Professor Rosaleen Duffy
Department of Politics and International Relations
Chair of International Politics
Full contact details
Department of Politics and International Relations
Rosaleen Duffy joined the department in September 2016, having previously held posts at SOAS University of London, University of Manchester and University of Lancaster.
Rosaleen uses a political ecology lens in order to understand global environmental change. She is particularly interested in the global politics of biodiversity conservation, and focuses on global environmental governance, wildlife trafficking, poaching, transfrontier conservation and tourism. Recently, her work has sought to understand the growing links between global security and biodiversity conservation. In 2016 she was awarded a European Research Council Advanced Investigator Grant for BIOSEC - Biodiversity and Security: Understanding environmental crime, illegal wildlife trade and threat finance. She is currently leading the ESRC funded Beastly Business project, which examines green crime, political ecology and illegal wildlife trade in European species.
She is a fellow of the inter-disciplinary Sheffield Institute for International Development (SIID) and a member of the Sheffield Animals Research Colloquium (ShARC) and the international Political Ecology Network (POLLEN).
- Research interests
My main research interests are political ecology, global environmental governance, biodiversity conservation, transfrontier conservation, tourism/ecotourism, wildlife trafficking, poaching and security.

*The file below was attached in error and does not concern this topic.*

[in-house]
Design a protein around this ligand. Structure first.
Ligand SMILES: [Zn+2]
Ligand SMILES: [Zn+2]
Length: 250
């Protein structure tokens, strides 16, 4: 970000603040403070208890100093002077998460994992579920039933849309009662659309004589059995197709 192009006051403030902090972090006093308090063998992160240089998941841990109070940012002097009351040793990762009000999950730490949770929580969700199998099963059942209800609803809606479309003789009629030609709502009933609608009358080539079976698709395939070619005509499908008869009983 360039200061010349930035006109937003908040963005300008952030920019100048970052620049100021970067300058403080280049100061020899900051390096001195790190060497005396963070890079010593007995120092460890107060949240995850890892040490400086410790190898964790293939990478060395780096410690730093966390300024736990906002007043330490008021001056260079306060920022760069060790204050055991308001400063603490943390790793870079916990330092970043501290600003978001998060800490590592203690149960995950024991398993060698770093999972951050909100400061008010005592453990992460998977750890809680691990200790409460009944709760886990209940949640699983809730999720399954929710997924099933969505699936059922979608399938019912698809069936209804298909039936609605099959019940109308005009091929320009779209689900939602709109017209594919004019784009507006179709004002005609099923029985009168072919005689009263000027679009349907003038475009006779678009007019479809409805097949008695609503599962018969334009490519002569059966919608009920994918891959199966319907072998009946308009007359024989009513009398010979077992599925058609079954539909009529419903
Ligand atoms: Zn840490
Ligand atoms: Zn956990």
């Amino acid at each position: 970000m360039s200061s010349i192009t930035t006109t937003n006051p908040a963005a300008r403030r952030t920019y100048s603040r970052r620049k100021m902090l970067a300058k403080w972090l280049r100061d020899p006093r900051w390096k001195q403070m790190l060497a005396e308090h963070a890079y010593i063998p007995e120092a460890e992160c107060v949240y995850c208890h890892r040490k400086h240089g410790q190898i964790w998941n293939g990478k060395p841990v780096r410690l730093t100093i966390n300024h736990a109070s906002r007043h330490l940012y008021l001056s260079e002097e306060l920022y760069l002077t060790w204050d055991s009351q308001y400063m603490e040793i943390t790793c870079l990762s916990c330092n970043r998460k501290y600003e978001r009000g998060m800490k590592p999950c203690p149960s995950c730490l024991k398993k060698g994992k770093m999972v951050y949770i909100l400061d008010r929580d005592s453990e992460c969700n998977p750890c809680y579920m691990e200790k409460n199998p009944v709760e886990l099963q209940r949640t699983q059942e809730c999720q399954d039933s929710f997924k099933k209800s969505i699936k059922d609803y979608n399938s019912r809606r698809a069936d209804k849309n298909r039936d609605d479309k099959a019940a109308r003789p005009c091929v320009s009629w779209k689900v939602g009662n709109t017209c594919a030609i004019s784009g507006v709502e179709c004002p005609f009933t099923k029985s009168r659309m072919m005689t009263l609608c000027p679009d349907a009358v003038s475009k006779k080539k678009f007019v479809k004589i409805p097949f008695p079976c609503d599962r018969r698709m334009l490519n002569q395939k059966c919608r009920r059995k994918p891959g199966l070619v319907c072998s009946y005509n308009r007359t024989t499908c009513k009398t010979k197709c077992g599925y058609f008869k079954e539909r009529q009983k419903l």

In 2016-2020 I led the EUR 1.8 million ERC funded BIOSEC project, which focused in understanding the implications of the integration of conservation with security concerns, especially in tackling illegal wildlife trade.
In 2021-2023, I am PI on the Beastly Business Project, funded by an ESRC grant of £859,000 to examine green crime, political ecology and illegal wildlife trade in European species. The team consists of Co-I Prof Charlie Burns, project manager Liz Ungureanu, and researchers Dr George Iordachescu, Dr Teresa Lappe-Osthege and Dr Laura Gutiérrez.
- 2018 Elected Fellow of the Academy of Social Sciences.
- 2011 Distinguished Achievement Award, President’s Medal for Researcher of the Year, University of Manchester.
- 2011 Elected Fellow of the Society of Biology, in recognition of research excellence and outstanding contribution to public understanding of science.
- Challenges and perspectives on tackling illegal or unsustainable wildlife trade. Biological Conservation.
- From racialized neocolonial global conservation to an inclusive and regenerative conservation. Environment: Science and Policy for Sustainable Development, 63(4), 4-19.
- Transformation beyond conservation: how critical social science can contribute to a radical new agenda in biodiversity conservation. Current Opinion in Environmental Sustainability, 49, 79-87.
- Understanding drivers of demand, researching consumption of illegal wildlife products : a reply to Bergin et al.. Geoforum.
- Conservation in violent environments: Introduction to a special issue on the political ecology of conservation amidst violent conflict. Political Geography.
- Political ecology of security: tackling the illegal wildlife trade. Journal of Political Ecology, 29(1).
- Research group
I am a member of the Environmental Politics Research group.
I welcome PhD proposals on topics linked to:
- Biodiversity conservation
- Global environmental change